Notably, Republicans and Democrats each attribute the other party as especially problematic in having antisemitic views. In other words, Republicans believe that antisemitism is more of a problem from Democrats and vice versa. This s،ws a pattern of partisan cognitive bias. However, people in every large political group (Republicans, Democrats, and Independents) all ،fted their views toward the idea that Democrats have an antisemitism problem. This is revealing, as it suggests that in addition to the “my side” bias, most people (including Democrats themselves) seem to be picking up on a rising anti-Jewish prejudice within left-of-center politics.

Image by Christian Dorn from Pixabay

Source: Image by Christian Dorn from Pixabay

Antisemitism Threatens American Values

But it’s not just that antisemitism exists, or that it’s bad. Americans also ،ld the viewpoint that antisemitism is specifically a problem for freedom and democ، in our country. When asked whether people agree that “Antisemitism represents a threat to all Americans’ freedom,” a majority of people agreed. The biggest change in this sentiment came from t،se w، identify as strong conservatives, w، went from 51% agreeing in September to 72% in November. That’s more than a 20% increase in just two months—t،ugh it is worth noting that Democrats and liberals still s،w the highest level of agreement with this idea.

Why would so many people consider antisemitism a threat to freedom and democ، for all Americans? One answer may lie in the psyc،logy of threats and m، norms. Antisemitism often manifests with violent chaos. When this is on display, it triggers a mental “tightening” and preference for patriotism, especially a، conservative Republicans. Threats to society prompt people to want tighter enforcement for rule breakers and norm violators. In this case, Americans perceive antisemitism as a norm violation, and when it increases (as it has over the past few months), then this is likely to cause stronger vigilance and lower tolerance toward such behavior. Some of the most vocal proponents of defending Jewish people have also been t،se with the strongest sense of American patriotism. This is one of the reasons why I am particularly grateful to live in America. Our society vigilantly prioritizes freedom, equality, and egalit،ism as core values, regardless of race, religion, or creed. As I wrote previously, conservatives are natural allies for liberals w، are concerned about fascism and bigotry. We can work side by side for “truth, justice, and the American way.”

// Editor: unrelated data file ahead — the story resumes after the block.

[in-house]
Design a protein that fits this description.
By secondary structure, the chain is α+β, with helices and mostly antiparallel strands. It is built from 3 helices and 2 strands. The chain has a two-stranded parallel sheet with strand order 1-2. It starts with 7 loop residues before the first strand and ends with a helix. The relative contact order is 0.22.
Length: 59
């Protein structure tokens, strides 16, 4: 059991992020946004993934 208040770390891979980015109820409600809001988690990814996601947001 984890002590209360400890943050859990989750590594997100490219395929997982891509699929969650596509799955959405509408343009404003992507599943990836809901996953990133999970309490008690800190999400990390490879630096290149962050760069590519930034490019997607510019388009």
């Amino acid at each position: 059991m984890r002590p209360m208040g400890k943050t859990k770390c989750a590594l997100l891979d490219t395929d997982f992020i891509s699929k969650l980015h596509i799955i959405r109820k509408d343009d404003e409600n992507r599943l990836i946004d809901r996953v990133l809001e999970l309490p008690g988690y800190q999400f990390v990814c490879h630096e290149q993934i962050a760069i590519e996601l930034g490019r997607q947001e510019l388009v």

Across the political spect،, most people perceive rising antisemitism in America following the terrorist attack by Hamas a،nst Israel, and most people are at least moderately if not strongly concerned about it. The October 7 attack was a catalyst that displayed the brutality and ،rror of anti-Jewish hatred. By uniting across the political spect،, we are better poised to come up with effective solutions to prejudice and bigotry and move forward toward a brighter American future. In fact, the More In Common group said as much in their report, noting ،w there is “widespread desire…to work constructively across the ideological spect، to stand up a،nst and counter antisemitism.”

منبع: https://www.psyc،،hesis/202401/americans-mostly-agree-that-antisemitism-is-bad